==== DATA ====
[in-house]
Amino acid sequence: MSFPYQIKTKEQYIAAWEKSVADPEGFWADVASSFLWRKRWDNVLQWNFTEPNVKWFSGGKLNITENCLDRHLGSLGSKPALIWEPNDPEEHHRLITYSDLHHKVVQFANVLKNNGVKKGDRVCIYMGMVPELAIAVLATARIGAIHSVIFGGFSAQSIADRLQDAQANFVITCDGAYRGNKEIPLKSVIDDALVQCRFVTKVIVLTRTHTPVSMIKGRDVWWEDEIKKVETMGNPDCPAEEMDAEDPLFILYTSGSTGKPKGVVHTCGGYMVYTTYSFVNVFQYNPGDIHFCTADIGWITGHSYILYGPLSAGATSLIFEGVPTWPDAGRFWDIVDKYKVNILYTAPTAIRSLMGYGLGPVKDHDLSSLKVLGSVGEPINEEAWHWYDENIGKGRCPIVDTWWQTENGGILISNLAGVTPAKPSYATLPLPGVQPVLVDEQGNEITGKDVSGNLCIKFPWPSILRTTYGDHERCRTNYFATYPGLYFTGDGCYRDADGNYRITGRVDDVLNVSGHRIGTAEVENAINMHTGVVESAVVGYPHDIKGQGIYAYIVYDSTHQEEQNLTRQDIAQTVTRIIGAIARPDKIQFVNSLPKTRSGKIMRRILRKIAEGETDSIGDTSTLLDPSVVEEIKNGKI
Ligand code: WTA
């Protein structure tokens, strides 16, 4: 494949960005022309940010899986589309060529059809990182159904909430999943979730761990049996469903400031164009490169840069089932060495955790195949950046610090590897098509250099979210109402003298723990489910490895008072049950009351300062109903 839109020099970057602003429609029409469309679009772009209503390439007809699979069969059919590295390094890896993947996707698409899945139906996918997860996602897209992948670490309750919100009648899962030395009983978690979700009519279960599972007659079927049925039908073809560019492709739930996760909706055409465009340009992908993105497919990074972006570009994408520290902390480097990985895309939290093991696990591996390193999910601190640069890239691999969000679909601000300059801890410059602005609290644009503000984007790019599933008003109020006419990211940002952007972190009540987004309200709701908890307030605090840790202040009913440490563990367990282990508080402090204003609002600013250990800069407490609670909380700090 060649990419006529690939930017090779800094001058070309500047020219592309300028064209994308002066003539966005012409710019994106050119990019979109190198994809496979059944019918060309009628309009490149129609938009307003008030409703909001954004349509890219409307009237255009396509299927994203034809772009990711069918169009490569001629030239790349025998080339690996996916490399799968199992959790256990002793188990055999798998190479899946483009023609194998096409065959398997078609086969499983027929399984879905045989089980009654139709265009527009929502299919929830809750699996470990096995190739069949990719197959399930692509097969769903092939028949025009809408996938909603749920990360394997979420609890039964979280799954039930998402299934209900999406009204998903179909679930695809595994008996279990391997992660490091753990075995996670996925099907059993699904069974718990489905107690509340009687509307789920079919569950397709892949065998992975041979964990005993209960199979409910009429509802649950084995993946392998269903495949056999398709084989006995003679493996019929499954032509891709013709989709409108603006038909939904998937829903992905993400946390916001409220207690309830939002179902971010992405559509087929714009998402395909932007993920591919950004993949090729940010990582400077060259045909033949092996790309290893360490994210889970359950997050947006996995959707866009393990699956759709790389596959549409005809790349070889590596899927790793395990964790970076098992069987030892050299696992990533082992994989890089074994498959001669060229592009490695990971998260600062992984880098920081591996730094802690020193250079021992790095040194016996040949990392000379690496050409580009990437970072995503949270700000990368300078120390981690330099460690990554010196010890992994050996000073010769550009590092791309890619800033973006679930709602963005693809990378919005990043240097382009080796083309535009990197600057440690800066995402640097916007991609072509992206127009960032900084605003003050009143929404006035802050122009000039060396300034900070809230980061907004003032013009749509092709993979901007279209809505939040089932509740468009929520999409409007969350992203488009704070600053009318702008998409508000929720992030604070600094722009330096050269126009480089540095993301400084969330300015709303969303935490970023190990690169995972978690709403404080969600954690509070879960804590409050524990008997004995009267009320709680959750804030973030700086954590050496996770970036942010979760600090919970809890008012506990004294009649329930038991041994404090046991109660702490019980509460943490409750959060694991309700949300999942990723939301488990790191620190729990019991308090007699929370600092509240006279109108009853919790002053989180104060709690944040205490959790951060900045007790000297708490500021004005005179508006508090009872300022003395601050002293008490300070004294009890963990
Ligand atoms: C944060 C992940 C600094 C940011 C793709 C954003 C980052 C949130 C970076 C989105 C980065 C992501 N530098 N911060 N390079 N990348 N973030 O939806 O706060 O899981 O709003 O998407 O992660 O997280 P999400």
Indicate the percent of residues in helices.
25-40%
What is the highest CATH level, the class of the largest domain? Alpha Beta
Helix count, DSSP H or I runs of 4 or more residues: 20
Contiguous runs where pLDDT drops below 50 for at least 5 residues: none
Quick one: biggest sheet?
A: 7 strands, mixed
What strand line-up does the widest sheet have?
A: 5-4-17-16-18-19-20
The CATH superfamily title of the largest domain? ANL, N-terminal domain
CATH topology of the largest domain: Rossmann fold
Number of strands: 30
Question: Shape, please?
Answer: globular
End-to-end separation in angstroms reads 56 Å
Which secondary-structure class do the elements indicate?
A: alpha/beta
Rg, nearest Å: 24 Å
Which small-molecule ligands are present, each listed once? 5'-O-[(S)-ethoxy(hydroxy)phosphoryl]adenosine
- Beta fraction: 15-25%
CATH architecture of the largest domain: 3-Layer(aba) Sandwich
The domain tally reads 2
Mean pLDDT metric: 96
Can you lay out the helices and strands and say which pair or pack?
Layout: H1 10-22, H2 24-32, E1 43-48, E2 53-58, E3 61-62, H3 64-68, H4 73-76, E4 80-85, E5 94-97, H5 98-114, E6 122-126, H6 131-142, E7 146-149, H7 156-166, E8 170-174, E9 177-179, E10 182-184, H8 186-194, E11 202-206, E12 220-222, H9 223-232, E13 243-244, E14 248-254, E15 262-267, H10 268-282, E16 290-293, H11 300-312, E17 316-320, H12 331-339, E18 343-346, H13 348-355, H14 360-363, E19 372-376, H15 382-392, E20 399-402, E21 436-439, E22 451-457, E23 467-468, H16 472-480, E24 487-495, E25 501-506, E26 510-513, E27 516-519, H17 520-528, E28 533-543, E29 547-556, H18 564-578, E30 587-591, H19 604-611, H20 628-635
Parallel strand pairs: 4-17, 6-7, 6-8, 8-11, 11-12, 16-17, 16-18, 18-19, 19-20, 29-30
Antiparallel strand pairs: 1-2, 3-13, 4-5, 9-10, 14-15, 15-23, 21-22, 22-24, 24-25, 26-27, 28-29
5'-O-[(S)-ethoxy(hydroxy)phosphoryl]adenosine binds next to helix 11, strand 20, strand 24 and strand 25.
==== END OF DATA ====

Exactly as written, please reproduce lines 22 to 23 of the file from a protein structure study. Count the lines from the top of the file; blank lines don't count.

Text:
A: alpha/beta
Rg, nearest Å: 24 Å